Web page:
WASHINGTON (AP) — Republicans and Democrats are selling their budget plans back home as models for how they would run Washington if they win the November elections.

With the presidency and the majorities of Congress at stake, House Republicans are showing off their $3.5 trillion plan to slash the deficit and the size of government by far more than Democrats want. Democrats, meanwhile, insist on imposing higher taxes on the rich and preserving Medicare, transportation, research and other programs they say are jeopardized by the Republicans.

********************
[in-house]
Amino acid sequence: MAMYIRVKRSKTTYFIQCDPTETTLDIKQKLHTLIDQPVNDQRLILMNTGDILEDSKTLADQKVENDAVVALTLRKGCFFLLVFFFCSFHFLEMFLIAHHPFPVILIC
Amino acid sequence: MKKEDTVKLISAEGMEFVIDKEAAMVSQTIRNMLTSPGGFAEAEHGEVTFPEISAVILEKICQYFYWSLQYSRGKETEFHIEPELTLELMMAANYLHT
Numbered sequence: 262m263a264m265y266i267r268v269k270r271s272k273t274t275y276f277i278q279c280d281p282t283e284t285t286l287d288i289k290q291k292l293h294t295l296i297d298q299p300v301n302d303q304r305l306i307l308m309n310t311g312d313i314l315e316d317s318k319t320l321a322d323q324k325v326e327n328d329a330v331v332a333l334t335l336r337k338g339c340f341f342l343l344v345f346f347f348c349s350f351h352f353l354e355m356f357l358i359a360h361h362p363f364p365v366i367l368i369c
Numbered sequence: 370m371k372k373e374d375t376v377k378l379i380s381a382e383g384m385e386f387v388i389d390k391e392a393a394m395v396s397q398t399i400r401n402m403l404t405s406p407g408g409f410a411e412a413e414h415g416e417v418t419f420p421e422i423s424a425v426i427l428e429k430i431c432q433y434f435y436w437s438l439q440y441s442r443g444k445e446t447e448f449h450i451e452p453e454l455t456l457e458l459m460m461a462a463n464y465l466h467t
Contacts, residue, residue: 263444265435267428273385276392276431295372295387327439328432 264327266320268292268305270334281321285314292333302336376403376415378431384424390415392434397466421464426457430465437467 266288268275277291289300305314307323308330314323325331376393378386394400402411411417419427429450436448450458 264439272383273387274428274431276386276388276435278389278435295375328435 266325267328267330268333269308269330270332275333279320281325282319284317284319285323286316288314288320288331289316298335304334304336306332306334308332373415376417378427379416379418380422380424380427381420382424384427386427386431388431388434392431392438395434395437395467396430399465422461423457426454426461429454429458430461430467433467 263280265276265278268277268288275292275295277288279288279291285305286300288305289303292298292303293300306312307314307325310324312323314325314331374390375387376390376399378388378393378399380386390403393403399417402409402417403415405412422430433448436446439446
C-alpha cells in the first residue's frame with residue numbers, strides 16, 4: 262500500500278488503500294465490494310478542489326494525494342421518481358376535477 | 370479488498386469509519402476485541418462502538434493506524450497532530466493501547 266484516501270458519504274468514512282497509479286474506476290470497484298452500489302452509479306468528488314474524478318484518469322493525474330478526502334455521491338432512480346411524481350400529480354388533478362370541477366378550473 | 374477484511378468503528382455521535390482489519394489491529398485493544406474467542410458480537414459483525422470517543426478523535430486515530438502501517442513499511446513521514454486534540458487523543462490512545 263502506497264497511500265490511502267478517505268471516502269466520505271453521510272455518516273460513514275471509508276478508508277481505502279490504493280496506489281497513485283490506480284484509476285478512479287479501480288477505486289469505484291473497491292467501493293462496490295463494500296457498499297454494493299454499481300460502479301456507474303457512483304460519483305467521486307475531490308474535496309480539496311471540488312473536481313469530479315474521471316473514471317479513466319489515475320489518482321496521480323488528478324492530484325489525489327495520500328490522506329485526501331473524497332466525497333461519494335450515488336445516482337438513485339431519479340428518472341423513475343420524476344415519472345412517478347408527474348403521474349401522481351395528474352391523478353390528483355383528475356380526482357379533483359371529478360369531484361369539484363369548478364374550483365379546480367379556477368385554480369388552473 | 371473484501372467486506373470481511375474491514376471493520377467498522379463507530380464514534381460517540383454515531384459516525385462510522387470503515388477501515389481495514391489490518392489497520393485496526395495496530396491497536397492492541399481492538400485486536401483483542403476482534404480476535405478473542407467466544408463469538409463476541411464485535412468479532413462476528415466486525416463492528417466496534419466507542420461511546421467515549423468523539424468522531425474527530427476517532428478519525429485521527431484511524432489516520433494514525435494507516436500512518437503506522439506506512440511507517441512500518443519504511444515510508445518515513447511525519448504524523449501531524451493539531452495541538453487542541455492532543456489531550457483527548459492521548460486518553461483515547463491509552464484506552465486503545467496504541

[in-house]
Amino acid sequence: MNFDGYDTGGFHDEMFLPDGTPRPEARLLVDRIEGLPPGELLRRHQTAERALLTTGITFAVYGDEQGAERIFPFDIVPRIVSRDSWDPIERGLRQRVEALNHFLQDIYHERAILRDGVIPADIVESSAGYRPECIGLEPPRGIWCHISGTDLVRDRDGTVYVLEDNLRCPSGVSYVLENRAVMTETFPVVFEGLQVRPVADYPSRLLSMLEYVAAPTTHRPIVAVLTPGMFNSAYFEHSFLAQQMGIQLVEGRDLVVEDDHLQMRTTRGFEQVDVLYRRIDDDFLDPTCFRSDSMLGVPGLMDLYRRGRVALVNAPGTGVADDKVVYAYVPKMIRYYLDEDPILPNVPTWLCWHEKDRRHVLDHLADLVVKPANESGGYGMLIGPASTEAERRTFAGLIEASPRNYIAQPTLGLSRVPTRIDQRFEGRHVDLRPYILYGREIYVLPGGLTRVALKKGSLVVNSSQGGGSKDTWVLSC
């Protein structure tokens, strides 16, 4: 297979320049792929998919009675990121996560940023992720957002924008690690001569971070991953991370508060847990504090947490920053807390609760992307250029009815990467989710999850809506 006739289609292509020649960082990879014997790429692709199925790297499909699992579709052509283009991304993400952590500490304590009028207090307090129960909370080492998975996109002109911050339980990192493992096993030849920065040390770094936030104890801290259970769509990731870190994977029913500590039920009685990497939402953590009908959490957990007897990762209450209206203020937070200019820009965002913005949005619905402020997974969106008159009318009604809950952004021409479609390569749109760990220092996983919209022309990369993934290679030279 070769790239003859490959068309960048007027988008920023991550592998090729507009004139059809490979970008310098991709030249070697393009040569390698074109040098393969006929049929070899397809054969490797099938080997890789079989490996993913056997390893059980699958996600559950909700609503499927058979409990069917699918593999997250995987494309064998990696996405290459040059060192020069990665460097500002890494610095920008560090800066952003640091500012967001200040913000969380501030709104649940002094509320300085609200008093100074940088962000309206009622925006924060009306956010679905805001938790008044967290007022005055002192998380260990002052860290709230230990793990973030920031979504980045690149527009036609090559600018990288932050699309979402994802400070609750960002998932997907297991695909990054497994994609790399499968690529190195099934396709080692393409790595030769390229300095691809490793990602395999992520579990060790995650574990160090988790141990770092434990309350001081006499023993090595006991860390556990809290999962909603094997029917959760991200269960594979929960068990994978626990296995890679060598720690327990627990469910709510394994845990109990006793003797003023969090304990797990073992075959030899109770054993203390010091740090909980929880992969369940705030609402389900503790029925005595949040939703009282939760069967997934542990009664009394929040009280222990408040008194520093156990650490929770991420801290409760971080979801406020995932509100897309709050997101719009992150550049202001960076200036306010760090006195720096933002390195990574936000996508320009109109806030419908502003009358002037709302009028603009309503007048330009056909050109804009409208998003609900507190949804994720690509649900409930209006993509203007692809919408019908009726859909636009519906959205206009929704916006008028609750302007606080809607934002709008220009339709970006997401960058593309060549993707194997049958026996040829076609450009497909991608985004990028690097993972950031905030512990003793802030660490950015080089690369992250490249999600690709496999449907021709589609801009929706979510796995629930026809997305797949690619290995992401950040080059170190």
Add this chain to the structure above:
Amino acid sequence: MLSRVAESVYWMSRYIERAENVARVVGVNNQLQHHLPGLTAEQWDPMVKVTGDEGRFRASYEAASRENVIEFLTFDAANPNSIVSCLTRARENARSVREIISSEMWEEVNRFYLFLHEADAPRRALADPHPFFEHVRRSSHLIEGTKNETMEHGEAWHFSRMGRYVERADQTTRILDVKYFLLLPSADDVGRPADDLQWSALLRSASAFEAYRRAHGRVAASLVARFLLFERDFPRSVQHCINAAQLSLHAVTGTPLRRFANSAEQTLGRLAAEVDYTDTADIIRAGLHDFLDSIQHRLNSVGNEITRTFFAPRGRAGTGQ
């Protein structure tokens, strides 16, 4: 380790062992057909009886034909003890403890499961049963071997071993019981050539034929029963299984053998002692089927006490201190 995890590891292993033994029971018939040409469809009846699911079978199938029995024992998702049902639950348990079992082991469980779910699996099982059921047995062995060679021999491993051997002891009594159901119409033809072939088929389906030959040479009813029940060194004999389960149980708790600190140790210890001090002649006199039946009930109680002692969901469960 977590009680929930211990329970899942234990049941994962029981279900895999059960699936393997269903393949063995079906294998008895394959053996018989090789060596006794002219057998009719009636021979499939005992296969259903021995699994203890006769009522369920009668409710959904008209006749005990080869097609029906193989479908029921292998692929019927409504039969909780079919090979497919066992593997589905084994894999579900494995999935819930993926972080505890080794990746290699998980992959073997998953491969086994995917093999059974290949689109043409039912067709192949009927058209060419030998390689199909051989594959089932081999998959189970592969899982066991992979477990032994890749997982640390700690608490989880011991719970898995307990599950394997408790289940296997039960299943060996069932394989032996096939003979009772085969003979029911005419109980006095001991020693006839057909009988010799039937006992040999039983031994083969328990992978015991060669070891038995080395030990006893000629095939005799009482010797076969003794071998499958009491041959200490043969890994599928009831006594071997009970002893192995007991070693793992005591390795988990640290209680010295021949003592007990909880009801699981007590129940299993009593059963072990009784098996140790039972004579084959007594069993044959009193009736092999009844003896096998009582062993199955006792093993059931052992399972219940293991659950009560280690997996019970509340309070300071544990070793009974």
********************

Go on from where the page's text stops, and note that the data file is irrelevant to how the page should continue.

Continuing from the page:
The debate is providing Republicans and Democrats an opportunity to define their priorities and values. Voters, meanwhile, get a more detailed look at how each party would spend their hard-earned tax dollars at a time when jobs and the economy top the list of Americans' concerns.